Creating a SAP Business One SQL Query – Part One29 Aug 2010 | by Brett Mundell
This is part one of my two-part series on creating a basic query in SAP Business One. Over the next few months, I will be providing regular tips and tricks on some of the great functions and features available to users.
Many users of SAP Business One (SBO) are unaware that there is a powerful and simple query generator available within the standard product. The query wizard and the associated query generator are tools that make it easy for authorised users to extract information from the company databases.
There are many reasons why companies would want to query the database but generally, the requirement is to produce a view of the data that does not exist in one of the standard reports offered by SAP or to present the data in a customised format.
Take for example the common requirement to extract a customer listing main contact details. This is a simple task using the query wizard. Let’s take a look how SAP supports this requirement.
The first thing to do is identify the names of the database fields that we want to extract in our query. This is made simple by asking the SAP client to show ‘System Information’. To do this, drop down the ‘View’ menu from within the SBO client and select the ‘System Information’ option so that it shows a tick as indicated in the screenshot below:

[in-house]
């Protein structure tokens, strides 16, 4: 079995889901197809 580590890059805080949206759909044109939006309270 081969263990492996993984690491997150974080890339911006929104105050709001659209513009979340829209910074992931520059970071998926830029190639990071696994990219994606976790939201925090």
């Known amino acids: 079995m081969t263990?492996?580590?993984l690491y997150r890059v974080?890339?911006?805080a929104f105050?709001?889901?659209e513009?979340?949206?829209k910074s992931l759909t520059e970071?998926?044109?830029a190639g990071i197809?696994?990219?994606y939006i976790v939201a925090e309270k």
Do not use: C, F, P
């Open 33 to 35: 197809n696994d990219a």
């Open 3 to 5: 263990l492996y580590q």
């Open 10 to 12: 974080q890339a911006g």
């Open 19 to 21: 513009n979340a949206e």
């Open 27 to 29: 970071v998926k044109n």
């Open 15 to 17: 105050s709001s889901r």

Enabling the ‘system Information’ option allows the easy identification of field names and tables in the database simply by moving the mouse over the required data in the SBO screen. Identifying the data names and tables in the database is the most difficult part of the query so SBO has already facilitated the bulk of the report creation activity.
The screenshot below illustrates how this process works. First, move the mouse over the field in SAP Business One and then look in the bottom left-hand corner of the screen to see the information provided by the system about that field.
We can repeat this process by moving the mouse over all the fields that we would like to see in the proposed query and making notes of the field and table names.
Once that process is complete we are ready to create our query. The most accessible tool to do this is the Query Wizard. This can be accessed by dropping down the ‘Tools’ Menus from the SBO client and selecting queries à Query Wizard as shown below.
Another three steps to go….I will finish the blog with these steps early next week.
Brett has more than 20 years of business software sales and company management experience. Brett has been involved in more than 300 ERP projects. His passion is customer satisfaction, making sure every client is more than just satisfied. Brett wants our customers to be driven to refer their friends and peers because we offer the best services and technology available and because we exceeded their expectations.